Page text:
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Products > Lantana montevidensis
 
Lantana montevidensis - Purple Trailing Lantana
  

 
Habit and Cultural Information
Category: Shrub
Family: Verbenaceae (Vervains)
Origin: South America
Evergreen: Yes
Flower Color: Purple
Bloomtime: Year-round
Synonyms: [Lantana sellowiana]
Height: 1-2 feet
Width: 8-10 feet
Exposure: Full Sun
Seaside: Yes
Drought Tolerant: Yes
Deer Tolerant: Yes
Irrigation (H2O Info): Low Water Needs
Winter Hardiness: 10-15 F
May be Poisonous  (More Info): Yes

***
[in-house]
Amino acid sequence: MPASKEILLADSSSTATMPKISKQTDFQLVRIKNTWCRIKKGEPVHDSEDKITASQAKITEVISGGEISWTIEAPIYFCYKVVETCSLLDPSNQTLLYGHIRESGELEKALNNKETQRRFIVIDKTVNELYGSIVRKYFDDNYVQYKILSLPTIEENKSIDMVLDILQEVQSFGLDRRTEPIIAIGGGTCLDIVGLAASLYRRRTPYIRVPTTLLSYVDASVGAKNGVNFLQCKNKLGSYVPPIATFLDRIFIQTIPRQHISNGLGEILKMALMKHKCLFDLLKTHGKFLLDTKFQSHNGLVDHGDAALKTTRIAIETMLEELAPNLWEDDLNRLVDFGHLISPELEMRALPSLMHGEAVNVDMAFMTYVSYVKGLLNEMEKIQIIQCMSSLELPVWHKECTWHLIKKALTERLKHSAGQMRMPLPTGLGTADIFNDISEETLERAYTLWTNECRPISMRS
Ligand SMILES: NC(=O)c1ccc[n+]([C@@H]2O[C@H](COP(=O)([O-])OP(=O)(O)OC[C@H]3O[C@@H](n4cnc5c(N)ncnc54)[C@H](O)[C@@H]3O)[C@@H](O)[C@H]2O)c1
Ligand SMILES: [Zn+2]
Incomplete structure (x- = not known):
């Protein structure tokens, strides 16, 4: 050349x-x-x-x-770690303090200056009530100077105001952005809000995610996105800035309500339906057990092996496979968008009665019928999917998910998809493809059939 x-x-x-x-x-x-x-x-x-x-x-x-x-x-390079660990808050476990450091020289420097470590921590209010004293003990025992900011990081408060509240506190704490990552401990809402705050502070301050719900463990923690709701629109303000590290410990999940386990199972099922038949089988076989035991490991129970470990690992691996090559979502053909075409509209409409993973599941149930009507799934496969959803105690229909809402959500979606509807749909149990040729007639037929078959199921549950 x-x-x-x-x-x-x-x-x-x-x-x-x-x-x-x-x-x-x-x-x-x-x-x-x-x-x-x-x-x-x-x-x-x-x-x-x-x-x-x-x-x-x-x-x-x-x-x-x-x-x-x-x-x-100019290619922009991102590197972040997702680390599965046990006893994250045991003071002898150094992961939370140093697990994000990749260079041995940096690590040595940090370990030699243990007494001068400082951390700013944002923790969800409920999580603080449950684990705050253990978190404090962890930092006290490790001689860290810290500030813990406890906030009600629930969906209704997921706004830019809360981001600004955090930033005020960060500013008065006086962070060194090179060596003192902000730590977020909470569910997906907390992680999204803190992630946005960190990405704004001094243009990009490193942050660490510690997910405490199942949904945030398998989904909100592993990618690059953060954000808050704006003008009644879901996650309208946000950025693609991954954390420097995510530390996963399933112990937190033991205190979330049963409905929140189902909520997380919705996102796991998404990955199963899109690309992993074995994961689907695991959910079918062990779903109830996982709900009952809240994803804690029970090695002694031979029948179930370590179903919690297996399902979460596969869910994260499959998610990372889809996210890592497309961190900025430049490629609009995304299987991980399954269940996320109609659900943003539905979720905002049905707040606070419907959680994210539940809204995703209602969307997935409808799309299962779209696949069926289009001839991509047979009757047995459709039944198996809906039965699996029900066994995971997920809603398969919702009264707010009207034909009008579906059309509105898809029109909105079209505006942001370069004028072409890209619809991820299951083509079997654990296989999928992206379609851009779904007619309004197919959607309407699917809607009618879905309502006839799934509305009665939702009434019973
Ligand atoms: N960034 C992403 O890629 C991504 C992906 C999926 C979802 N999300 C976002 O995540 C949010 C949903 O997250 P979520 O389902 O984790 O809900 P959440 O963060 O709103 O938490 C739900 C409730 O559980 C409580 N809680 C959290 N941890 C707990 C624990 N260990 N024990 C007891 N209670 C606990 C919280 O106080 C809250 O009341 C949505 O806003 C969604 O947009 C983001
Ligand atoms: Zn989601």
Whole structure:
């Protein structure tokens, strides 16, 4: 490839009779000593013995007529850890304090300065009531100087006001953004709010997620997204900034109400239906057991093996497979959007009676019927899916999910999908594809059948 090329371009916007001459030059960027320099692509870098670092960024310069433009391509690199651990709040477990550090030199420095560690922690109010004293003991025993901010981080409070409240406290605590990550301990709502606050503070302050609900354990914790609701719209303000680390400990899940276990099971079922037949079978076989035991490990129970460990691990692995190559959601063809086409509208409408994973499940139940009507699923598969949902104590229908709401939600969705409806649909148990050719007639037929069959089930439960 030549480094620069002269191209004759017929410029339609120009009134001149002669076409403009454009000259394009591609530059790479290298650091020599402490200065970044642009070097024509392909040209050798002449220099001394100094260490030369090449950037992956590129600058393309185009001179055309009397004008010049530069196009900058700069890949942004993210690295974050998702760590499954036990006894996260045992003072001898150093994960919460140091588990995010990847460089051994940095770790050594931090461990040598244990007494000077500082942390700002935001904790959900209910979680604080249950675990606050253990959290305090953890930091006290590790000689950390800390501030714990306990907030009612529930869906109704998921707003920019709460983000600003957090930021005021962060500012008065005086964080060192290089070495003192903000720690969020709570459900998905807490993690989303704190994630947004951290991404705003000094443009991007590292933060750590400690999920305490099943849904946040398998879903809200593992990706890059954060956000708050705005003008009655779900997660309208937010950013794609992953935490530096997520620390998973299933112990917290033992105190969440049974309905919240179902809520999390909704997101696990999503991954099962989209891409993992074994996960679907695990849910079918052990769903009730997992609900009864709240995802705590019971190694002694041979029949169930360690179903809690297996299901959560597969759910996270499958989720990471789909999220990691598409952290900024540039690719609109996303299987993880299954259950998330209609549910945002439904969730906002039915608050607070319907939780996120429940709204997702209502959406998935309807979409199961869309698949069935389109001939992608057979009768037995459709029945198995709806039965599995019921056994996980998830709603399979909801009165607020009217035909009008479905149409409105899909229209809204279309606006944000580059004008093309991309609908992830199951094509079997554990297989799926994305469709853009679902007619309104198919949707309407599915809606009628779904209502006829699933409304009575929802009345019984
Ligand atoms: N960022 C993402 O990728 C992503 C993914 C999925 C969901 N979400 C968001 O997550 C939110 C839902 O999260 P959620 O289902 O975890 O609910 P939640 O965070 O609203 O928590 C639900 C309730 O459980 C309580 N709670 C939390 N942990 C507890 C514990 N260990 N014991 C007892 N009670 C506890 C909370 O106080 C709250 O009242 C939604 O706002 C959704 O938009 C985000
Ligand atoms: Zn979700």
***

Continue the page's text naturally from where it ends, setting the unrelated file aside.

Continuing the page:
Lantana montevidensis (Purple Trailing Lantana) - A low-growing mat-forming plant that grows to 2 feet tall and trails to 10 feet with slightly-hairy green strongly-scented small leaves and puts forth a seemingly year-round display of numerous lightly-fragrant lilac-purple flowers held in a circular head about 1 and 1/2 inches wide. The individual flowers, not quite 1/2 inch wide, have white toward the base of the lilac petal lobes and a yellow throat and open from the outside of the inflorescence first and then towards the center. It thrives in full sun or light shade and is drought tolerant, deer resistant, tolerant of seaside conditions and is hardy down to about 20 degrees F and can rebound from below ground from temperatures approaching 10F (USDA Zone 8) . In cold weather the foliage can take on an odd blackish-purple cast. This plant is a tough old time groundcover that blooms all the time in Southern California and when in bloom attracts bees and butterflies. Deer seem to leave it alone as do Lantana Lace Bug (Teleonemia scrupulosa, which plague the larger growing Lantana camara and L. hybrida selections. Lantana montevidensis is native to South America from Bolivia, Uruguay, Paraguay, Argentina and southern Brazil and was first described in 1825 as Lippia montevidensis from a collection in Bolivia by the German botanist Curt Polycarp Joachim Sprengel but was reclassified as Lantana montevidensis by the Swiss botanist John Isaac Briquet in 1904. The name for the genus comes from a Latin name for plants in the genus Viburnum because of the similar inflorescence structure and the specific epithet comes from the location in Montevideo, Uruguay where the plant was found. This plant was also described as Lippia sellowiana in 1826 and has long been called Lantana sellowiana - this name to honor the German botanist Friedrich Sellow (or Sello) but Lantana montevidensis is considered correct because it is the older name. Other common names include Pole-cat Geranium, Weeping Lantana and Wild Verbena. We also grow the white flowering form Lantana montevidensis 'Alba' This description is based on our research and the observations we have made of this plant as it grows in containers at our nursery, in our own garden and in other gardens. We also appreciate receiving feedback of any kind from those who have additional information about this plant, particularly if they disagree with what we have written or if they have additional cultural tips that would aid others in growing Lantana montevidensis.